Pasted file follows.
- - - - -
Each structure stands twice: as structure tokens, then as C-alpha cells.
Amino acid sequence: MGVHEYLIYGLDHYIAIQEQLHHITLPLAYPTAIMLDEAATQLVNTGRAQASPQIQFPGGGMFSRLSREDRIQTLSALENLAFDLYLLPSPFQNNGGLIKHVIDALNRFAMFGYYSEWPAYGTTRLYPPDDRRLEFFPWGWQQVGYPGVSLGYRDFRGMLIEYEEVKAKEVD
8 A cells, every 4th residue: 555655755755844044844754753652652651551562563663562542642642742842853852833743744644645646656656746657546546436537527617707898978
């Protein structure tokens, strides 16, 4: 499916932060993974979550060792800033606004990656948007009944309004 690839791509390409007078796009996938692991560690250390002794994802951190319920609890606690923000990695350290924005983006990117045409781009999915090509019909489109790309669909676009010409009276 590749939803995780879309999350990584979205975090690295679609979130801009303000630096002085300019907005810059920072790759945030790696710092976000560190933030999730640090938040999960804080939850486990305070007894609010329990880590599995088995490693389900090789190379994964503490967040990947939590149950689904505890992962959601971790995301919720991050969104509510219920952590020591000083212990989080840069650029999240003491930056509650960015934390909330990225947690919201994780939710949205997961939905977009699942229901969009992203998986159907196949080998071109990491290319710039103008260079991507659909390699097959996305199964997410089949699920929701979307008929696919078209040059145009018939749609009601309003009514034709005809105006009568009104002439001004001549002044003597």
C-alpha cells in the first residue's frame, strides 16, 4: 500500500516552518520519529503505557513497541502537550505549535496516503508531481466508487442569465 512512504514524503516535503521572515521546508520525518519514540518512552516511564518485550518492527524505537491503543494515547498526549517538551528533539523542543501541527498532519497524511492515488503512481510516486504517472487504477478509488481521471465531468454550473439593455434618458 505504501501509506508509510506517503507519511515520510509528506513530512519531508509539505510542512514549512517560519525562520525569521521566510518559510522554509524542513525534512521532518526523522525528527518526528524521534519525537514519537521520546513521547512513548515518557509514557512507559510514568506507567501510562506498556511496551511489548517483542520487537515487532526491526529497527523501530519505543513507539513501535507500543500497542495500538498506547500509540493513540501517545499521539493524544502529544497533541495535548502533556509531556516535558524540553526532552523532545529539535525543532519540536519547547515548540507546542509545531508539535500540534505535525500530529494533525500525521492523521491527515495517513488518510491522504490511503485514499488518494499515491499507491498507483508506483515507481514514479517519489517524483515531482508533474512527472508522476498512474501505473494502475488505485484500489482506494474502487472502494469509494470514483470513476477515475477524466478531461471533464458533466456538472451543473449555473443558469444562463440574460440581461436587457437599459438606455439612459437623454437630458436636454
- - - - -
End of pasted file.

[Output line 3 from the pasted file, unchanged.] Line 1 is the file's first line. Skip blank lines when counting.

8 A cells, every 4th residue: 555655755755844044844754753652652651551562563663562542642642742842853852833743744644645646656656746657546546436537527617707898978